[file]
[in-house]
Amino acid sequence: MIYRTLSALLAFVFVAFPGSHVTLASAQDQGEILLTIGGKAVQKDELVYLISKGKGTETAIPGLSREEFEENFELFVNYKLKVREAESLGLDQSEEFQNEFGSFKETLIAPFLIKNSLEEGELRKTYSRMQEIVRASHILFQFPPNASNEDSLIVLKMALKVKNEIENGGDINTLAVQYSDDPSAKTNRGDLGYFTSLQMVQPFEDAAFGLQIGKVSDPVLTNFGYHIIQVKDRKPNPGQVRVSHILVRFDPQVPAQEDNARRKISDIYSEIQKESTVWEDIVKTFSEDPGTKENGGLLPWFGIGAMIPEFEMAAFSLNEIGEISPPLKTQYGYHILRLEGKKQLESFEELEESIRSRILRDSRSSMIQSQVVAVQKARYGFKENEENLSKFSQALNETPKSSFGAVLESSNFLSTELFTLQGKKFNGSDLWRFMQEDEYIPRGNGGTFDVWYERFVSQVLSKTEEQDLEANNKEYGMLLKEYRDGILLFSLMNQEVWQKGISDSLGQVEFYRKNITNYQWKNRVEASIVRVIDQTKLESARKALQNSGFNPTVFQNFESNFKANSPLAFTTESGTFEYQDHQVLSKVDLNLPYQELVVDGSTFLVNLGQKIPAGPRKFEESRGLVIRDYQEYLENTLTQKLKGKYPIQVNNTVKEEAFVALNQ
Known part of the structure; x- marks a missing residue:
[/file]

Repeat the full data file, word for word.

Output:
[in-house]
Amino acid sequence: MIYRTLSALLAFVFVAFPGSHVTLASAQDQGEILLTIGGKAVQKDELVYLISKGKGTETAIPGLSREEFEENFELFVNYKLKVREAESLGLDQSEEFQNEFGSFKETLIAPFLIKNSLEEGELRKTYSRMQEIVRASHILFQFPPNASNEDSLIVLKMALKVKNEIENGGDINTLAVQYSDDPSAKTNRGDLGYFTSLQMVQPFEDAAFGLQIGKVSDPVLTNFGYHIIQVKDRKPNPGQVRVSHILVRFDPQVPAQEDNARRKISDIYSEIQKESTVWEDIVKTFSEDPGTKENGGLLPWFGIGAMIPEFEMAAFSLNEIGEISPPLKTQYGYHILRLEGKKQLESFEELEESIRSRILRDSRSSMIQSQVVAVQKARYGFKENEENLSKFSQALNETPKSSFGAVLESSNFLSTELFTLQGKKFNGSDLWRFMQEDEYIPRGNGGTFDVWYERFVSQVLSKTEEQDLEANNKEYGMLLKEYRDGILLFSLMNQEVWQKGISDSLGQVEFYRKNITNYQWKNRVEASIVRVIDQTKLESARKALQNSGFNPTVFQNFESNFKANSPLAFTTESGTFEYQDHQVLSKVDLNLPYQELVVDGSTFLVNLGQKIPAGPRKFEESRGLVIRDYQEYLENTLTQKLKGKYPIQVNNTVKEEAFVALNQ
Known part of the structure; x- marks a missing residue: